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Global nuclear power generation is set to reach an all-time high next year, according to the latest forecasts from the International Energy Agency, marking a resurgence for the technology and boost for efforts to cut carbon dioxide emissions.
Output from nuclear power plants is expected to rise by about 3 per cent both this year and next to 2,915TWh, overtaking the previous peak of 2,809TWh in 2021, and by a further 1.5 per cent in 2026, the IEA said.
Growth will be driven by new reactors in China and India as well as the return of plants in France that were shut down last year for maintenance.
More nuclear power as well as the rapid growth of renewables such as wind and solar are helping to push fossil fuels out of the electricity system, according to a report on global electricity markets published by the IEA on Wednesday.
It believes that growth in electricity demand over the next few years will now be met by low-emission sources, with the share of global supply delivered by fossil fuel generators set to fall to a record low of 54 per cent in 2026.
IEA executive director Fatih Birol noted the power sector currently “produces more carbon dioxide emissions than any other [sector] in the world economy” so the trends were encouraging.
“This is largely thanks to the huge momentum behind renewables, with ever cheaper solar leading the way, and support from the important comeback of nuclear power, whose generation is set to reach a historic high by 2025,” he said. “While more progress is needed, and fast, these are very promising trends.”
It marks a revival for nuclear power after the disaster in Japan in 2011, when reactors at the Fukushima Daiichi plant were damaged by a tsunami, prompting Germany and Japan to pull back from the sector.
The industry has been helped by the global push to cut carbon dioxide emissions, as well as widespread concerns about energy security in the wake of Russia’s full-scale invasion of Ukraine in February 2022, which disrupted gas markets.
At the UN’s COP28 climate summit in Dubai last year, more than 20 countries, including the US, the UK and France, agreed to try to triple global nuclear power capacity by 2050.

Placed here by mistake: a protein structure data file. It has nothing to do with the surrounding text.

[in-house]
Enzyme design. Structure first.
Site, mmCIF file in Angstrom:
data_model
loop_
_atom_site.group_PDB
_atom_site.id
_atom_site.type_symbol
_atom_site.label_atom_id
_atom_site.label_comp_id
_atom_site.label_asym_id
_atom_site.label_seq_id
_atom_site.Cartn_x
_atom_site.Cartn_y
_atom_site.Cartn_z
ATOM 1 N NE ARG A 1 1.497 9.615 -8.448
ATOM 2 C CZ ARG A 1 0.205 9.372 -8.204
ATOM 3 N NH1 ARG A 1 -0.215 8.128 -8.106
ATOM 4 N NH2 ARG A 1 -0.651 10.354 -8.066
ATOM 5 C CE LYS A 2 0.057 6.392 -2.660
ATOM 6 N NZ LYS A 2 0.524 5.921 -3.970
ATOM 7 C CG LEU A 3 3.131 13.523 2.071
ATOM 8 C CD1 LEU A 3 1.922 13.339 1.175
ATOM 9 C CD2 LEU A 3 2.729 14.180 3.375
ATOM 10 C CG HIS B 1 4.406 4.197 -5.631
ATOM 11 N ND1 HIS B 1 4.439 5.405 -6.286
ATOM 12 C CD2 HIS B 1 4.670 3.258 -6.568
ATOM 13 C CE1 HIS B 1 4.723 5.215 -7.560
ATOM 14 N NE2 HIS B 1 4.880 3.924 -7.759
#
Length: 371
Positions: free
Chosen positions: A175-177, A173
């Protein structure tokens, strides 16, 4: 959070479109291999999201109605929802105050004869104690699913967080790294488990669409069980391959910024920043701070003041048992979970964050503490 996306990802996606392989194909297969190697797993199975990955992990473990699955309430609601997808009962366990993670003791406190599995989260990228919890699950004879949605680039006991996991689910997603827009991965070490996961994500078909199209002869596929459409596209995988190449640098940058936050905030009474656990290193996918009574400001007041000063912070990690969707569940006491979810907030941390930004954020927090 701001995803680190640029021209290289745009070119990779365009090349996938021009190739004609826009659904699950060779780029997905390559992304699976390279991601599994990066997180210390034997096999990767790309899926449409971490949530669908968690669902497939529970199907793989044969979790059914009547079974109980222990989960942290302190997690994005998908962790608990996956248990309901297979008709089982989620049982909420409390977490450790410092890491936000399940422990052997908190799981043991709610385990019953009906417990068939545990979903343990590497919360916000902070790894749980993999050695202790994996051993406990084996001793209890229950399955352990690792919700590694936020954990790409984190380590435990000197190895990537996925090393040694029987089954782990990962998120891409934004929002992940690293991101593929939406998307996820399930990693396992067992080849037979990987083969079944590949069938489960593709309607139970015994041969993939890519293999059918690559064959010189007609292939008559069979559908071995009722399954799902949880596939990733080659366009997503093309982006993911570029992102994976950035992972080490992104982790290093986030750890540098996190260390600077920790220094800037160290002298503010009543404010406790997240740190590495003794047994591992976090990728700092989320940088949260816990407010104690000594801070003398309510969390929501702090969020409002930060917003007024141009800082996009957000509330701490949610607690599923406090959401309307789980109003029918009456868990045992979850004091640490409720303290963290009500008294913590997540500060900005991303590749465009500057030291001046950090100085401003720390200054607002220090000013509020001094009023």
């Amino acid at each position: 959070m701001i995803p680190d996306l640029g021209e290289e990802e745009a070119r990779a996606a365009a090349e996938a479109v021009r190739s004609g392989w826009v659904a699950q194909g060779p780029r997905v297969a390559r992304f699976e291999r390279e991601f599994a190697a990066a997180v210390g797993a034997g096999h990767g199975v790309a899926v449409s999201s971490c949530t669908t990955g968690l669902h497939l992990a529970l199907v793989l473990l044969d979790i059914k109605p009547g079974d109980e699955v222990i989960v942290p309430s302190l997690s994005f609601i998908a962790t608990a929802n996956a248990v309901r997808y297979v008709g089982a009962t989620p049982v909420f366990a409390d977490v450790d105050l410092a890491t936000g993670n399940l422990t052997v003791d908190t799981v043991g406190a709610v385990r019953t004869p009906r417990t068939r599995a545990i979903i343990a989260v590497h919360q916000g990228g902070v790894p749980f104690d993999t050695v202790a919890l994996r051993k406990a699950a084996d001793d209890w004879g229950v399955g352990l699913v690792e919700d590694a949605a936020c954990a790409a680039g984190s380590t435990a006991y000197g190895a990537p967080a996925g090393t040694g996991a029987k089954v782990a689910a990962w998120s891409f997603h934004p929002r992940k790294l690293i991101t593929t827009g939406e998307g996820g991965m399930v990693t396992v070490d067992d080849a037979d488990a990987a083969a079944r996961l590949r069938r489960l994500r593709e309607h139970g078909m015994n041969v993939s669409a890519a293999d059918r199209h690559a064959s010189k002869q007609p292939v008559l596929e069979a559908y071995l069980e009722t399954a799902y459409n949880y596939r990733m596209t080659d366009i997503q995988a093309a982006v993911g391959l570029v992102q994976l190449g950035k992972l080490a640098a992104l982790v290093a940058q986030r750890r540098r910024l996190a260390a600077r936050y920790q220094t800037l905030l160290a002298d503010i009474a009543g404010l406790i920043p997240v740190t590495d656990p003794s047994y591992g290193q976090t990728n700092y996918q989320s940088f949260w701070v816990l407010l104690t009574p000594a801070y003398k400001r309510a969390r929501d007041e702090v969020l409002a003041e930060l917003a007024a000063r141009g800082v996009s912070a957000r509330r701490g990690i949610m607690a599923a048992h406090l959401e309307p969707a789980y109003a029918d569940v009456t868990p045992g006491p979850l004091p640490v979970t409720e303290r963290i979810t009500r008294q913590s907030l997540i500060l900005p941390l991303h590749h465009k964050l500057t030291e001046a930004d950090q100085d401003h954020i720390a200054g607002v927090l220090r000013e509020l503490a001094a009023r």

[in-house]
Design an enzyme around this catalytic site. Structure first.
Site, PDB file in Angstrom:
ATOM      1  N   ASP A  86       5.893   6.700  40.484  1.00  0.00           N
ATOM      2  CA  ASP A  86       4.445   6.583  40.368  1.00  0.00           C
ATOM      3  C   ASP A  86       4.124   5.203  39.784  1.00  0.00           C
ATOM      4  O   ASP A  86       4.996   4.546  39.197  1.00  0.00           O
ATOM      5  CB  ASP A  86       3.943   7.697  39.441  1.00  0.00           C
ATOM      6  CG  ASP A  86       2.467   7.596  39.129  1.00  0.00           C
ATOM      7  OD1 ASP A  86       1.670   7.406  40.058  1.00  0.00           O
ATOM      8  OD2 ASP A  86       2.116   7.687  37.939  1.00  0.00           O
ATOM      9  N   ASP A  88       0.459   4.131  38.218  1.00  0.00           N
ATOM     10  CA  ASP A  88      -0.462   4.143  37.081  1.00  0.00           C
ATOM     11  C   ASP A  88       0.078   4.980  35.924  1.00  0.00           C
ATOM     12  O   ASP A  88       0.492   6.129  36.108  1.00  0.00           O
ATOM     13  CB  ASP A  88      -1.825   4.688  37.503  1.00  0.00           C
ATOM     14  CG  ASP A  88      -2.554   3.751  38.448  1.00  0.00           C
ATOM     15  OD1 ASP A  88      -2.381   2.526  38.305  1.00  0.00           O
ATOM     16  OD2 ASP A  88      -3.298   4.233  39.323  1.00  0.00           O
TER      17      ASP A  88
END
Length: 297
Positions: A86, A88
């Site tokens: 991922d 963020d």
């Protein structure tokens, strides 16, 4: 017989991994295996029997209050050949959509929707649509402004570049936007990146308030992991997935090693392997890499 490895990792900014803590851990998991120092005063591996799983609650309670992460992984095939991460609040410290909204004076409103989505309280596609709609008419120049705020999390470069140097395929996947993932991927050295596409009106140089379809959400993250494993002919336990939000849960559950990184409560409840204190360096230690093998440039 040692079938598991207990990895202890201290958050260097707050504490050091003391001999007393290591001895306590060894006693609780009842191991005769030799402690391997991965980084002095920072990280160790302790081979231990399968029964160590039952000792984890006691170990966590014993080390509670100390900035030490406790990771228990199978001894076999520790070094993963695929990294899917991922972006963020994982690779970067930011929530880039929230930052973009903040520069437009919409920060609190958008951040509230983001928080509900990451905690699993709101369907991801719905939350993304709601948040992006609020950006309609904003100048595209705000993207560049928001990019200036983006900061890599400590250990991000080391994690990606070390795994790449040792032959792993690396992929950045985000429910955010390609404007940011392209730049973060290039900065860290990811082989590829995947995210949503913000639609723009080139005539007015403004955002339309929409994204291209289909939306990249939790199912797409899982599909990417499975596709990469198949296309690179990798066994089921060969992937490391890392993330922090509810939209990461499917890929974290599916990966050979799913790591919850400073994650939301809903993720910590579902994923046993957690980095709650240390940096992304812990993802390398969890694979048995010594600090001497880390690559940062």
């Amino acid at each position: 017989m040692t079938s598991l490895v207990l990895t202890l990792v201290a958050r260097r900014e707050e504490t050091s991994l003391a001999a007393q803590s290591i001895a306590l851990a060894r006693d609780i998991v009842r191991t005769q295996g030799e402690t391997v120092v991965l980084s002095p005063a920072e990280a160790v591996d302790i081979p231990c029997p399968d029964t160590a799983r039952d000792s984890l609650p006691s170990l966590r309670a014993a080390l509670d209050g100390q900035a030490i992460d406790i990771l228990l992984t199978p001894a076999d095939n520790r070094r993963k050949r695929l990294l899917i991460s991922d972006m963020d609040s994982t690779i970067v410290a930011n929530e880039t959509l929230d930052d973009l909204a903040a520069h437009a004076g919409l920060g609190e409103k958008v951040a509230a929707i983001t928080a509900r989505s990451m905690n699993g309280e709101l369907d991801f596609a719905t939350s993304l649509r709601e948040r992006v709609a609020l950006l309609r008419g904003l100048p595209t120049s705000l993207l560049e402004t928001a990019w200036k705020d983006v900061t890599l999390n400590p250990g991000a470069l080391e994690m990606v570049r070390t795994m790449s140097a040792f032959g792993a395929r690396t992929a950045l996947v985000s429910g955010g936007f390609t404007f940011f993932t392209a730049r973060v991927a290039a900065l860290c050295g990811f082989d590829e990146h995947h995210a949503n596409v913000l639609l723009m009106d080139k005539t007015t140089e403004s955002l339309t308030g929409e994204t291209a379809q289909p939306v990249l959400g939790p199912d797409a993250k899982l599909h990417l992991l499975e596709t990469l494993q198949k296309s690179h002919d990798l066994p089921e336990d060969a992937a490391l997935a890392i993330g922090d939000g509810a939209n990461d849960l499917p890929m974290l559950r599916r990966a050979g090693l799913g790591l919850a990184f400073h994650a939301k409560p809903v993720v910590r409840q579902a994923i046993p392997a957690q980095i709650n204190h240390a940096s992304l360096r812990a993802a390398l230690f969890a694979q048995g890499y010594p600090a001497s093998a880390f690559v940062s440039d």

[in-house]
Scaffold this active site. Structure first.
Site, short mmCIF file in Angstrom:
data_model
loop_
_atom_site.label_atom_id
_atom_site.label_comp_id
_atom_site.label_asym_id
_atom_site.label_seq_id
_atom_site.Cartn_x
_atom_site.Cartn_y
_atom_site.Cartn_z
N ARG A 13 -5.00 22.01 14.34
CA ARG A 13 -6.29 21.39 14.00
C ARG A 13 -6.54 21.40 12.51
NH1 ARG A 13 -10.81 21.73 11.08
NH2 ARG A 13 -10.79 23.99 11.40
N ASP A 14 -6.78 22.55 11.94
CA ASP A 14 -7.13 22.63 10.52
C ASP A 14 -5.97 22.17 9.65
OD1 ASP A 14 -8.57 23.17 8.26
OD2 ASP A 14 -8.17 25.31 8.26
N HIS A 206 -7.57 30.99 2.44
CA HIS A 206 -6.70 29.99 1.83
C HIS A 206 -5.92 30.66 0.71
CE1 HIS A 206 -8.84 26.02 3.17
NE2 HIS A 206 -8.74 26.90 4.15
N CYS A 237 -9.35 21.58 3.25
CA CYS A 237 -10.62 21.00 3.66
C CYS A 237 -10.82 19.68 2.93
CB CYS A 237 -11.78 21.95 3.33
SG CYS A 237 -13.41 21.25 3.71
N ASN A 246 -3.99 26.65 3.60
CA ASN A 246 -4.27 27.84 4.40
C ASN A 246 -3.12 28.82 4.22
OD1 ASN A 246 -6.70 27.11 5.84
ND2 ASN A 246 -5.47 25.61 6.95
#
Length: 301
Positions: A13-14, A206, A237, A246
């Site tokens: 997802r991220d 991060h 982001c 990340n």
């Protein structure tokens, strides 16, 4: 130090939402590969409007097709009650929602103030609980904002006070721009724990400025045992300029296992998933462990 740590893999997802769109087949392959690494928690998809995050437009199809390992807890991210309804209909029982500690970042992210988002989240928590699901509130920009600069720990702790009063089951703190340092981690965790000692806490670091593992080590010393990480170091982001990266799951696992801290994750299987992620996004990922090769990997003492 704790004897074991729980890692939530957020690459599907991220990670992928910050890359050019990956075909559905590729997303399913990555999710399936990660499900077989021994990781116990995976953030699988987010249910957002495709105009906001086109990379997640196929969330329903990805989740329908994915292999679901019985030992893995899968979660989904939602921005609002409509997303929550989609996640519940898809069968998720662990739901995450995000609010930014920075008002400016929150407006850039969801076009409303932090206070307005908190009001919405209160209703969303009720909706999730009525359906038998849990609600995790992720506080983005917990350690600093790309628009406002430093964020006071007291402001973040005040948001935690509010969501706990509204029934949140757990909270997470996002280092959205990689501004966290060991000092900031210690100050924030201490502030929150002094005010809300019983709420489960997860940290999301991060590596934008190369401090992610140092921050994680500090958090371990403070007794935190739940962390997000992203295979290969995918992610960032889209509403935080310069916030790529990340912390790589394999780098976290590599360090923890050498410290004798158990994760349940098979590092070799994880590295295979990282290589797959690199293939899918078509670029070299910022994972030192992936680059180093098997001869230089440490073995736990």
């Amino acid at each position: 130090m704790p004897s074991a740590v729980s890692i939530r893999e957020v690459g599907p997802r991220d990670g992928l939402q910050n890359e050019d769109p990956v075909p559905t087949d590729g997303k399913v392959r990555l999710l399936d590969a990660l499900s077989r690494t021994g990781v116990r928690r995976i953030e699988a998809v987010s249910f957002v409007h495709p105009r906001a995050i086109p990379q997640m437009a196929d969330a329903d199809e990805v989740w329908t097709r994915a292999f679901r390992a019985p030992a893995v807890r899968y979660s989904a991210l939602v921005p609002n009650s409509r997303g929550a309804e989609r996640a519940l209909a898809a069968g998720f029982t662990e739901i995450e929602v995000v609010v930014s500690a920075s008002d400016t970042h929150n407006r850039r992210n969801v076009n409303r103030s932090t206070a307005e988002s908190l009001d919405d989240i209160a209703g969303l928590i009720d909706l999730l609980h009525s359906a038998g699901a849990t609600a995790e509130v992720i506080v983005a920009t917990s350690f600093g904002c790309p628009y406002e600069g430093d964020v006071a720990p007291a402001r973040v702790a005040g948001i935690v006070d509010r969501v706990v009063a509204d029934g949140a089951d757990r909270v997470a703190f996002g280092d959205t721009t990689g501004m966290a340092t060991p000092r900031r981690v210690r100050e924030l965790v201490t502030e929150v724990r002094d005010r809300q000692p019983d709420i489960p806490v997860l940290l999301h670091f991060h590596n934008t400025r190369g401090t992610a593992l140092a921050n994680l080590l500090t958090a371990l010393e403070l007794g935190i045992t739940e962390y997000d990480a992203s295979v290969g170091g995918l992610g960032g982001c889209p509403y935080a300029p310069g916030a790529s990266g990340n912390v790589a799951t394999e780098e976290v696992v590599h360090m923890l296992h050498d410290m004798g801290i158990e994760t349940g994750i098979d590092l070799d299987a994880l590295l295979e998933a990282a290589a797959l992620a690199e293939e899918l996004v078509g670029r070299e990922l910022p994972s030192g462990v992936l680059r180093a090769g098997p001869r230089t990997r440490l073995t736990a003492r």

However, the growth until 2026 is set to be concentrated in China and India, which are expected to account for more than half of the 29 gigawatts of expected new capacity, the IEA said.
The rapid growth of the technology in China means it now accounts for 16 per cent of global nuclear generation, up from 5 per cent in 2014, while the country is aiming to increase its installed capacity from about 56GW to 70GW by 2025, according to the report.
Meanwhile, both China’s and Russia’s influence in the sector is growing, the IEA added, with the two countries providing the technology for 70 per cent of the reactors under construction.
Projects in China face fewer delays than those in Europe and the US, the IEA noted, warning that construction delays for large nuclear projects are a “major global concern”.
On Tuesday, France’s state-owned nuclear developer EDF announced further delays to the Hinkley Point C nuclear power plant it is building in Somerset, England.
The 3.2GW project is now not due to start producing electricity until 2029 at the earliest, compared with an initial start date of 2025, and could cost £35bn, nearly twice its original budget.
The UK government and EDF are looking to attract external investors to build a second new plant in Britain, the planned £20bn Sizewell C project in Suffolk.